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Old 01-17-2012, 07:52 PM   #11
soccerdude71
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Dec 2011
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Great points.... If you try this, and you try any of these methods, please keep us posted.


G



 
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Old 01-18-2012, 11:58 PM   #12
bryank
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Aug 2010
flint, Michigan
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How about oak chips?



 
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Old 01-19-2012, 12:16 AM   #13
soccerdude71
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Dec 2011
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Interesting idea. How would you use the oak chips? Float them in the mixture? if so, for how long?

 
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Old 01-19-2012, 12:49 AM   #14
bryank
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Aug 2010
flint, Michigan
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Yup, we do it all the time in brewing to emulate an oak barrel. I'm not sure how pop is made, but if there is a time where you can soak the chips for awhile you could use the chips. There are different types and toast levels of the chips available and flavor would depend on the type used, the amount used, and how long you soak them.another option that I've seen is the liquid oak essence which would be easier to use, but real oak might taste a little better.

 
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Old 01-19-2012, 01:57 PM   #15
KevinM
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Sep 2010
Ann Arbor, Michigan
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That's the problem. The original vernors syrup was aged in wood. I don't know if I'd be willing to take that time though.

Personally, I'll probably soak them in some high proof alcohol to extract the oak essence and use a scant few drops for flavoring in addition to vanilla bean.

Could do a side by side test then. I'm just trying to figure out where the difference between mellow ginger and sharp ginger flavors divide. I suppose I could use less ginger than I do normally.
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Old 01-20-2012, 01:25 AM   #16
bryank
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Aug 2010
flint, Michigan
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Yeah, the extract would give you a lot more control over the recipe. They do sell the extract if time is an issue and you don't have enough to soak the chips in vodka. I'm sure it would be a little cheaper also. I made a brew that I wanted to have a whiskey barrel flavor to it, I soaked some medium toast oak chips in some crown for a week. I saved the crown, it is like drinking a tree now heh.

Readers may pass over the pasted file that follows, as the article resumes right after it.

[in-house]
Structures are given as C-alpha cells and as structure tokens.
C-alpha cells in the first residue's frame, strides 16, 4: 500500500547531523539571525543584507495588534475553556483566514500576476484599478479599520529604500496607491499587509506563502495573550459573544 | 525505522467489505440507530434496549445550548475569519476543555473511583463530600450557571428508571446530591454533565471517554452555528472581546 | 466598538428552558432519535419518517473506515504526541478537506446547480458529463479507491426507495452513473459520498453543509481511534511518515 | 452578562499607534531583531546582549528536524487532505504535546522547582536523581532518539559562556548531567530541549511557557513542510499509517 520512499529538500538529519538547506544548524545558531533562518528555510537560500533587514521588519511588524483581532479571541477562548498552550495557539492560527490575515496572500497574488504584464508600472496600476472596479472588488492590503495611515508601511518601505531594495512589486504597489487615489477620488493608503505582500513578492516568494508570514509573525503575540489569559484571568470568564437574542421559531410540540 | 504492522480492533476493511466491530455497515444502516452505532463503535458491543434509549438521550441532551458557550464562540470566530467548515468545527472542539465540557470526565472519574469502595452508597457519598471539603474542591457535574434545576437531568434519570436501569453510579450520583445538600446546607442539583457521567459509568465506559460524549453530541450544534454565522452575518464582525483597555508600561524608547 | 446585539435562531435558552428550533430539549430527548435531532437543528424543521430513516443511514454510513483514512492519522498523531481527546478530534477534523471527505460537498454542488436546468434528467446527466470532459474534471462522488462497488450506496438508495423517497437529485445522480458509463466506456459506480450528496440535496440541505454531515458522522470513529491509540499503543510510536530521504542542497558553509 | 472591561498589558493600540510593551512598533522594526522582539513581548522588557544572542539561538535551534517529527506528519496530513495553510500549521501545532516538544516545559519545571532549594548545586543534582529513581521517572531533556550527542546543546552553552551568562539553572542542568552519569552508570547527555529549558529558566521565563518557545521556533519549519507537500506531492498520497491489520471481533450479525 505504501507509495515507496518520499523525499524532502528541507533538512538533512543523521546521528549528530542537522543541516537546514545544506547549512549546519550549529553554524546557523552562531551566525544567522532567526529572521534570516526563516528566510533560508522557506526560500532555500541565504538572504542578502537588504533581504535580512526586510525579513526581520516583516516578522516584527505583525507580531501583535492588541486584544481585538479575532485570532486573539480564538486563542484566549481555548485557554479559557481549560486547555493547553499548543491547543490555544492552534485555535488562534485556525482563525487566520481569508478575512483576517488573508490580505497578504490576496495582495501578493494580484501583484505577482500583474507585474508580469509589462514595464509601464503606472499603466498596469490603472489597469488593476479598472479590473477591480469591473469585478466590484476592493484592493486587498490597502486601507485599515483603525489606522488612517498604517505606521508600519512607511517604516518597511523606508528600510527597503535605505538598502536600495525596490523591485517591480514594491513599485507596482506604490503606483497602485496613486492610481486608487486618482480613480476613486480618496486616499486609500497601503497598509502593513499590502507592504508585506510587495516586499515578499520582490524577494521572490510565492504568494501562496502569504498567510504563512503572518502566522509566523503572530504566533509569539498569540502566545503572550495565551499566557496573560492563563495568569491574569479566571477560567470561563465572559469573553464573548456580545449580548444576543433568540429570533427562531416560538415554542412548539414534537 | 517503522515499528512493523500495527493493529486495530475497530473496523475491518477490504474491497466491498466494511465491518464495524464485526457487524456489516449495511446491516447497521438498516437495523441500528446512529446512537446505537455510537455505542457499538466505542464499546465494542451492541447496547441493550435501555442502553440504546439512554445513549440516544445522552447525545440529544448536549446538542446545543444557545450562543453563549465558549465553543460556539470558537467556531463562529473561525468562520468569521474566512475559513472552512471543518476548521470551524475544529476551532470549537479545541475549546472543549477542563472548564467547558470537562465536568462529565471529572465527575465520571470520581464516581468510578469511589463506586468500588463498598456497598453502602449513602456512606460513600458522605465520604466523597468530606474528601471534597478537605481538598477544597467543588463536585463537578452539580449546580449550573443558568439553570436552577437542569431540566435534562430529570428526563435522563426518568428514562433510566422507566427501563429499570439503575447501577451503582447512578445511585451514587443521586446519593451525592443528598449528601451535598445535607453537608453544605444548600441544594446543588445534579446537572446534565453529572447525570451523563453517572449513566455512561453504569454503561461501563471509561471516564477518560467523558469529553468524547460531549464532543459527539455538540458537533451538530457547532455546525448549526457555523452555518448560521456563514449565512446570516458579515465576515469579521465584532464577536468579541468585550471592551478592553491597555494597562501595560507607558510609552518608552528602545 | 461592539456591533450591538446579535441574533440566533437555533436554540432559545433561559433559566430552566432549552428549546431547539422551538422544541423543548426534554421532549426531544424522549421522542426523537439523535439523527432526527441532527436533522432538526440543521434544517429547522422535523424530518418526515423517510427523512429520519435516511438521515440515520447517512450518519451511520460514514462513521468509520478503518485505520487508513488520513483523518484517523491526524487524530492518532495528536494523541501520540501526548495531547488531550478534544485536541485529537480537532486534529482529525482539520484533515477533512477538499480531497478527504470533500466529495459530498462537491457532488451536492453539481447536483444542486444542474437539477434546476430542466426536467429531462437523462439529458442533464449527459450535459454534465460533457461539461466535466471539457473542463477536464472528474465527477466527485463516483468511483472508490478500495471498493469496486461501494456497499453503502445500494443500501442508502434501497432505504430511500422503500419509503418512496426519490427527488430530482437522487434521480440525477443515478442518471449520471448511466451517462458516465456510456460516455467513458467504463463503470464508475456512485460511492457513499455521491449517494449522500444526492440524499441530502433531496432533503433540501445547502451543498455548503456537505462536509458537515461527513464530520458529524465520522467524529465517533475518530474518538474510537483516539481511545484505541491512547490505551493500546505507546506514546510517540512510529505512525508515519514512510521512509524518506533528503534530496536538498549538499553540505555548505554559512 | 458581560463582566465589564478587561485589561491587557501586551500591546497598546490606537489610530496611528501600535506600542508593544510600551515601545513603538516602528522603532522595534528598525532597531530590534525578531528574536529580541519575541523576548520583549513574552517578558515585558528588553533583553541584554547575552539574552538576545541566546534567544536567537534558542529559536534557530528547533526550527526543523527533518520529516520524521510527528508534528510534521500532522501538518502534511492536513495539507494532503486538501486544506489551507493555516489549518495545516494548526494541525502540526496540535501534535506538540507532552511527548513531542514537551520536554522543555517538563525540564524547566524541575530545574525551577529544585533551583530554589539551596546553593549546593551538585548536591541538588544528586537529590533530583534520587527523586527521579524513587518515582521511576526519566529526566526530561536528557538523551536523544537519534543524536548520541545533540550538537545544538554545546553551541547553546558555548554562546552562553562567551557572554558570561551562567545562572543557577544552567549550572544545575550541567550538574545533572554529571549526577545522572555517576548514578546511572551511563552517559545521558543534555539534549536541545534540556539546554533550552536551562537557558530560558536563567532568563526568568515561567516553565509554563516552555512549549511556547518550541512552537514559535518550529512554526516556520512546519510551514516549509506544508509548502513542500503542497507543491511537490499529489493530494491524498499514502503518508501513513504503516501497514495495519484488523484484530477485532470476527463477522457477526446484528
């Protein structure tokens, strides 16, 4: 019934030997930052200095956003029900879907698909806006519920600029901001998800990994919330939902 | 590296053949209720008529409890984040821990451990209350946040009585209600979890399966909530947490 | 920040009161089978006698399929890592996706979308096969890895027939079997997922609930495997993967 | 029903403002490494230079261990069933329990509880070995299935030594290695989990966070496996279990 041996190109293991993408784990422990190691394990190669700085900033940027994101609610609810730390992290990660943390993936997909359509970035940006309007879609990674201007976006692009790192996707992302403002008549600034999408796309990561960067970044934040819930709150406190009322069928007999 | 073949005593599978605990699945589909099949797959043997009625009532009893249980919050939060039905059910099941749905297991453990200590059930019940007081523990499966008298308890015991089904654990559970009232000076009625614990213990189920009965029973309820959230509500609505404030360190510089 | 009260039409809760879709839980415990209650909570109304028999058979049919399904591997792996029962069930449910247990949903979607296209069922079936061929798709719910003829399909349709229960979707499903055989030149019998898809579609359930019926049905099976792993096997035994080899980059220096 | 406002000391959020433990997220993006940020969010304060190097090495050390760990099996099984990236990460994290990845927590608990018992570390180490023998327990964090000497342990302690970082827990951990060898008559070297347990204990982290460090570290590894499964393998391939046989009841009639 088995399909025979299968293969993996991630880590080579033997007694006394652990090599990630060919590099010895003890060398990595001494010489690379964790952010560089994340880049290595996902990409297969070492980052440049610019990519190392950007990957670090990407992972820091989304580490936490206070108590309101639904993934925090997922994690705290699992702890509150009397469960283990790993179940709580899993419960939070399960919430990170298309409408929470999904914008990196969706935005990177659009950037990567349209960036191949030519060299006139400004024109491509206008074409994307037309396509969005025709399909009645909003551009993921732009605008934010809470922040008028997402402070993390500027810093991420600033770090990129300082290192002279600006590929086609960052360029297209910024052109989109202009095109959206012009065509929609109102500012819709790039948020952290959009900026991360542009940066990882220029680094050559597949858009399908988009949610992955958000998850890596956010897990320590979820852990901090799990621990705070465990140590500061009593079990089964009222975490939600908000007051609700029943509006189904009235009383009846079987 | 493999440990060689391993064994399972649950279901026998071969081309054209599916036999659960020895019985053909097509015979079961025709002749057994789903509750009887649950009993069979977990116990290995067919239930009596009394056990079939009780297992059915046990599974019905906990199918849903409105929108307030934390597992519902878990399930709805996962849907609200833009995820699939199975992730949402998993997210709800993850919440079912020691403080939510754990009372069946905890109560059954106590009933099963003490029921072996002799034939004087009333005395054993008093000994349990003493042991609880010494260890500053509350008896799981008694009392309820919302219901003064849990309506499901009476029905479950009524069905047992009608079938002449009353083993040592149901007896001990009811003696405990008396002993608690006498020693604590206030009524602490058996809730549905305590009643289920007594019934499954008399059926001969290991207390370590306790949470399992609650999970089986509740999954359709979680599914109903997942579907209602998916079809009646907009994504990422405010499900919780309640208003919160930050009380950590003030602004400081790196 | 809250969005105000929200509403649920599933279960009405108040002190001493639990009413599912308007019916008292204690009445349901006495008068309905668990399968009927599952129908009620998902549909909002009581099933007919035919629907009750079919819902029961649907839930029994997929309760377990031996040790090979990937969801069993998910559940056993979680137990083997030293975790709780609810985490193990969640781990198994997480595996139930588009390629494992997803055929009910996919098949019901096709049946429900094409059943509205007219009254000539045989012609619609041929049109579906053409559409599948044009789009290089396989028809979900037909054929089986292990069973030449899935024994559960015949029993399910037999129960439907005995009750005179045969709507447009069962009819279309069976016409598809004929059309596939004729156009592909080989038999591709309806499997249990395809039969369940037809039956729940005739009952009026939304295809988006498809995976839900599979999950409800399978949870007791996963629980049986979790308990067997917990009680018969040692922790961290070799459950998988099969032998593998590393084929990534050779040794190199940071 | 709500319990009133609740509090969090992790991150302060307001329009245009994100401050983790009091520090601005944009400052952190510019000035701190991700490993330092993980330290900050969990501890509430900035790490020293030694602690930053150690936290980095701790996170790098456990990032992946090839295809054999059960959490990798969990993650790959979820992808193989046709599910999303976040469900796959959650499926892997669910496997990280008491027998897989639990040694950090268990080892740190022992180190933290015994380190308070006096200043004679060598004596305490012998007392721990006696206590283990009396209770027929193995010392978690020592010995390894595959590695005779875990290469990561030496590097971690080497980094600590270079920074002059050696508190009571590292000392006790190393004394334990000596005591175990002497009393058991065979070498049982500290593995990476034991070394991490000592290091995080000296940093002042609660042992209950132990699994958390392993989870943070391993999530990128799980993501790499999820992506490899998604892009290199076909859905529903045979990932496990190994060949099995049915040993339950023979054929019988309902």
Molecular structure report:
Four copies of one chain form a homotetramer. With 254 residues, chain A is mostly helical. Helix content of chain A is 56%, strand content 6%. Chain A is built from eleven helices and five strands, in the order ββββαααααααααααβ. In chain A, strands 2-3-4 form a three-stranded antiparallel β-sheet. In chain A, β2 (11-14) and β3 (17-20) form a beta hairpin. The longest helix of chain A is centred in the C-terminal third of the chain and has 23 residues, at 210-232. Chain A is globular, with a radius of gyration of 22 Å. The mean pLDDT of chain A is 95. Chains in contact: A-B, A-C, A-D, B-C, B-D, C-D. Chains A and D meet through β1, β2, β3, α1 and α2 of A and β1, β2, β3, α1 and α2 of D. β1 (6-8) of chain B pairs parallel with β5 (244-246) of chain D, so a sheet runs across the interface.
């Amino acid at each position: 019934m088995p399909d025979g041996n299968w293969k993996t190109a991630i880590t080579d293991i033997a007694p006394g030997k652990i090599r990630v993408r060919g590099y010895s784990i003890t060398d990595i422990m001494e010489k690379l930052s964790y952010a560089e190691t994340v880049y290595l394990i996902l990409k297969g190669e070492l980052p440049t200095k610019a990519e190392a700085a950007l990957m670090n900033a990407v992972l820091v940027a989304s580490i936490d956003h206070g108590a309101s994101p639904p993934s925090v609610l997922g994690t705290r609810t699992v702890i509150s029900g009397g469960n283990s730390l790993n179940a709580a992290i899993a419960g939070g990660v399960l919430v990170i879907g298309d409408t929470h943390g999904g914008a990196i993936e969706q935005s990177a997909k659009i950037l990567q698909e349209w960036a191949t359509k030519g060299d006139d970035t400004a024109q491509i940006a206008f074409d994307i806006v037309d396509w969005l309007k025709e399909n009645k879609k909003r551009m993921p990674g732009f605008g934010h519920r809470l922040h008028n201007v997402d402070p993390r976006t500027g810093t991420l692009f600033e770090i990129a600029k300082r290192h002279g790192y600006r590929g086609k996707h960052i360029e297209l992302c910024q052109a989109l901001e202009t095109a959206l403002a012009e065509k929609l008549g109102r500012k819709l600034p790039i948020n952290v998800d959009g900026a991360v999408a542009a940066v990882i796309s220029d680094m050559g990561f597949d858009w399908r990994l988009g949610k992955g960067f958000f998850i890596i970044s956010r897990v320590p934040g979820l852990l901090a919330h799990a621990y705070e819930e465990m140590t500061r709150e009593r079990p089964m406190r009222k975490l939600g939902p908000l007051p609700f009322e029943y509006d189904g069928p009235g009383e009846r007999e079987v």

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Old 01-23-2012, 01:27 AM   #17
adamreef
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Hi all,

As a Vernor's lover, I wanted to tag along and also throw in my .02.

I have always described Vernor's as a cross between ginger ale and cream soda, but with an extra "kick", so I wonder if using some mix of cream soda and ginger ale bases would approximate Vernor's or at least be a starting point from which to tweak your way to a good clone.

Also, as far as the oak aging question goes, my LHS stocks oak spirals. They come in both french and american and both come in a variety of toasts. You can break the spirals to use less or more and also vary the amount of contact time, tasting every few days and removing the spirals when you get the right amount of oak character.

My hunch is that you would want the lightest toast in american oak.

Adam

 
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Old 09-27-2013, 12:24 PM   #18
Becca58
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Sep 2013
Rock Hill, South Carolina
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I recently (well, a bit over a month ago, now) saw Alton Brown's show on ginger and made his version of ginger ale. That got me to thinking about Vernors because I grew up with it and love it. I wondered if I could recreate (or come close) to the original recipe...

Well, I've got a recipe that I think tastes great. I've currently got a batch of the syrup aging in a bottle with a piece of charred oak. It's two weeks old and getting better all the time. The latest sample I tried certainly speaks well to Vernors old slogan, "Deliciously Different!" Anyone still interested in a ginger ale recipe?

 
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Old 09-27-2013, 12:30 PM   #19
adamreef
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Definitely interested! Thanks!

 
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Old 09-27-2013, 03:49 PM   #20
soccerdude71
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Dec 2011
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Yes! Details please!!!



 
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